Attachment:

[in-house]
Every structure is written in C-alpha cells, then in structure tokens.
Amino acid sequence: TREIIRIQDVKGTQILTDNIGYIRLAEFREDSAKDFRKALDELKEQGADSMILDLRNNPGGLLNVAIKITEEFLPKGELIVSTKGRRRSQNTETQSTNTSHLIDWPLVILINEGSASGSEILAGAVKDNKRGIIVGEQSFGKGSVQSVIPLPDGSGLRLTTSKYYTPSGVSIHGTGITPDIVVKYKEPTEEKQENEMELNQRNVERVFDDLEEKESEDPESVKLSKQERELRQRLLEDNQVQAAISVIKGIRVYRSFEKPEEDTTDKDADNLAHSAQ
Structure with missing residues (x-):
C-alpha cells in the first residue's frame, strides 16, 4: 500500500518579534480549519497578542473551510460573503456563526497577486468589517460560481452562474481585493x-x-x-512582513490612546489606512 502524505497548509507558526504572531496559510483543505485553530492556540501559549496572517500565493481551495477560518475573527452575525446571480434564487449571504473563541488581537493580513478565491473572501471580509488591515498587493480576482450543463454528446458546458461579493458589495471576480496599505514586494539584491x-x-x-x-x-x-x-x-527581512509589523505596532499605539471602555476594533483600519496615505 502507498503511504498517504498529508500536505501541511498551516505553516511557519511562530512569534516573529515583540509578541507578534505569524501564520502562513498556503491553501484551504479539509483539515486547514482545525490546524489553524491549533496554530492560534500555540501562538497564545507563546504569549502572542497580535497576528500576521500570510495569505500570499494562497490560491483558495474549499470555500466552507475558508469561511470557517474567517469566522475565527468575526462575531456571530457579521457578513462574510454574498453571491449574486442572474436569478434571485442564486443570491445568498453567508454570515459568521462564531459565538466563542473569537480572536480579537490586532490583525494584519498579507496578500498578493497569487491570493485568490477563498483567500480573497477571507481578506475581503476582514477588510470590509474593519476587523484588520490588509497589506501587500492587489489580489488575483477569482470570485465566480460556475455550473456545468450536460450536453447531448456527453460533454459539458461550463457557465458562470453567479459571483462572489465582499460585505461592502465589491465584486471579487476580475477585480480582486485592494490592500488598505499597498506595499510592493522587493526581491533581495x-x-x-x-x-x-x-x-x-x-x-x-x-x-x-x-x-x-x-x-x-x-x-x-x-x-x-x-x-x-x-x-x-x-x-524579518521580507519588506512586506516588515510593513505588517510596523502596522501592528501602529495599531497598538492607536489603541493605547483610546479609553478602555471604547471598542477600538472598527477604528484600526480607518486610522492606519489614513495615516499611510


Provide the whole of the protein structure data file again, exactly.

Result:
[in-house]
Every structure is written in C-alpha cells, then in structure tokens.
Amino acid sequence: TREIIRIQDVKGTQILTDNIGYIRLAEFREDSAKDFRKALDELKEQGADSMILDLRNNPGGLLNVAIKITEEFLPKGELIVSTKGRRRSQNTETQSTNTSHLIDWPLVILINEGSASGSEILAGAVKDNKRGIIVGEQSFGKGSVQSVIPLPDGSGLRLTTSKYYTPSGVSIHGTGITPDIVVKYKEPTEEKQENEMELNQRNVERVFDDLEEKESEDPESVKLSKQERELRQRLLEDNQVQAAISVIKGIRVYRSFEKPEEDTTDKDADNLAHSAQ
Structure with missing residues (x-):
C-alpha cells in the first residue's frame, strides 16, 4: 500500500518579534480549519497578542473551510460573503456563526497577486468589517460560481452562474481585493x-x-x-512582513490612546489606512 502524505497548509507558526504572531496559510483543505485553530492556540501559549496572517500565493481551495477560518475573527452575525446571480434564487449571504473563541488581537493580513478565491473572501471580509488591515498587493480576482450543463454528446458546458461579493458589495471576480496599505514586494539584491x-x-x-x-x-x-x-x-527581512509589523505596532499605539471602555476594533483600519496615505 502507498503511504498517504498529508500536505501541511498551516505553516511557519511562530512569534516573529515583540509578541507578534505569524501564520502562513498556503491553501484551504479539509483539515486547514482545525490546524489553524491549533496554530492560534500555540501562538497564545507563546504569549502572542497580535497576528500576521500570510495569505500570499494562497490560491483558495474549499470555500466552507475558508469561511470557517474567517469566522475565527468575526462575531456571530457579521457578513462574510454574498453571491449574486442572474436569478434571485442564486443570491445568498453567508454570515459568521462564531459565538466563542473569537480572536480579537490586532490583525494584519498579507496578500498578493497569487491570493485568490477563498483567500480573497477571507481578506475581503476582514477588510470590509474593519476587523484588520490588509497589506501587500492587489489580489488575483477569482470570485465566480460556475455550473456545468450536460450536453447531448456527453460533454459539458461550463457557465458562470453567479459571483462572489465582499460585505461592502465589491465584486471579487476580475477585480480582486485592494490592500488598505499597498506595499510592493522587493526581491533581495x-x-x-x-x-x-x-x-x-x-x-x-x-x-x-x-x-x-x-x-x-x-x-x-x-x-x-x-x-x-x-x-x-x-x-524579518521580507519588506512586506516588515510593513505588517510596523502596522501592528501602529495599531497598538492607536489603541493605547483610546479609553478602555471604547471598542477600538472598527477604528484600526480607518486610522492606519489614513495615516499611510